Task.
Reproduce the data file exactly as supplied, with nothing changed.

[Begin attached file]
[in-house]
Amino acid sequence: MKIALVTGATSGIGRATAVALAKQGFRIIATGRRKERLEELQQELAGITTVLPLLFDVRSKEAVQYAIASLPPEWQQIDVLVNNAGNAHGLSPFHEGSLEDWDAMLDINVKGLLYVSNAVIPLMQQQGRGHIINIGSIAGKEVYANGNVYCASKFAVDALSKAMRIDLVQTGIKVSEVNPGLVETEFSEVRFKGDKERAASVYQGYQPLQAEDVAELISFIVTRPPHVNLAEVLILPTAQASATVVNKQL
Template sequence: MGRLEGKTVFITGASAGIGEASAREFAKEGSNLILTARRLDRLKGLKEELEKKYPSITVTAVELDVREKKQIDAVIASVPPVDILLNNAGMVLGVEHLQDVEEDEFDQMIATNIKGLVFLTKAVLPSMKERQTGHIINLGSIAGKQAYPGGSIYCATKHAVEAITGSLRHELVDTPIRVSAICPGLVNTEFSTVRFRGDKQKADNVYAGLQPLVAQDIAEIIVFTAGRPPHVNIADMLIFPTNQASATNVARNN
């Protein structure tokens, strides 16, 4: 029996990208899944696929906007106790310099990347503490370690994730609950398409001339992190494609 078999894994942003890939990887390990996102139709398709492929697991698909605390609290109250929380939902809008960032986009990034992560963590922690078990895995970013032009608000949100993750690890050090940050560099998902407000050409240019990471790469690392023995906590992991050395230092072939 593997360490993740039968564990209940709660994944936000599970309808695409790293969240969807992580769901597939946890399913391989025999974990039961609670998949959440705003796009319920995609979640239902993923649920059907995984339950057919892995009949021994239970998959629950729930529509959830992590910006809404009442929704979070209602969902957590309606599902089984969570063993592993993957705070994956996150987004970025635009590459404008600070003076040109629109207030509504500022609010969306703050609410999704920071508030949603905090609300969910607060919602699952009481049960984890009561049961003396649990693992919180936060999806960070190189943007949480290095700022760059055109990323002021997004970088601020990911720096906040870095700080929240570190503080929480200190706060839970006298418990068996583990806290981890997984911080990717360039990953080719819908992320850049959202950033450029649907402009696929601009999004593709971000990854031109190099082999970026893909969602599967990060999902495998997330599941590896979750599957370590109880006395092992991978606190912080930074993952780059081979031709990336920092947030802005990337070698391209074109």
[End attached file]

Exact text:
[in-house]
Amino acid sequence: MKIALVTGATSGIGRATAVALAKQGFRIIATGRRKERLEELQQELAGITTVLPLLFDVRSKEAVQYAIASLPPEWQQIDVLVNNAGNAHGLSPFHEGSLEDWDAMLDINVKGLLYVSNAVIPLMQQQGRGHIINIGSIAGKEVYANGNVYCASKFAVDALSKAMRIDLVQTGIKVSEVNPGLVETEFSEVRFKGDKERAASVYQGYQPLQAEDVAELISFIVTRPPHVNLAEVLILPTAQASATVVNKQL
Template sequence: MGRLEGKTVFITGASAGIGEASAREFAKEGSNLILTARRLDRLKGLKEELEKKYPSITVTAVELDVREKKQIDAVIASVPPVDILLNNAGMVLGVEHLQDVEEDEFDQMIATNIKGLVFLTKAVLPSMKERQTGHIINLGSIAGKQAYPGGSIYCATKHAVEAITGSLRHELVDTPIRVSAICPGLVNTEFSTVRFRGDKQKADNVYAGLQPLVAQDIAEIIVFTAGRPPHVNIADMLIFPTNQASATNVARNN
């Protein structure tokens, strides 16, 4: 029996990208899944696929906007106790310099990347503490370690994730609950398409001339992190494609 078999894994942003890939990887390990996102139709398709492929697991698909605390609290109250929380939902809008960032986009990034992560963590922690078990895995970013032009608000949100993750690890050090940050560099998902407000050409240019990471790469690392023995906590992991050395230092072939 593997360490993740039968564990209940709660994944936000599970309808695409790293969240969807992580769901597939946890399913391989025999974990039961609670998949959440705003796009319920995609979640239902993923649920059907995984339950057919892995009949021994239970998959629950729930529509959830992590910006809404009442929704979070209602969902957590309606599902089984969570063993592993993957705070994956996150987004970025635009590459404008600070003076040109629109207030509504500022609010969306703050609410999704920071508030949603905090609300969910607060919602699952009481049960984890009561049961003396649990693992919180936060999806960070190189943007949480290095700022760059055109990323002021997004970088601020990911720096906040870095700080929240570190503080929480200190706060839970006298418990068996583990806290981890997984911080990717360039990953080719819908992320850049959202950033450029649907402009696929601009999004593709971000990854031109190099082999970026893909969602599967990060999902495998997330599941590896979750599957370590109880006395092992991978606190912080930074993952780059081979031709990336920092947030802005990337070698391209074109």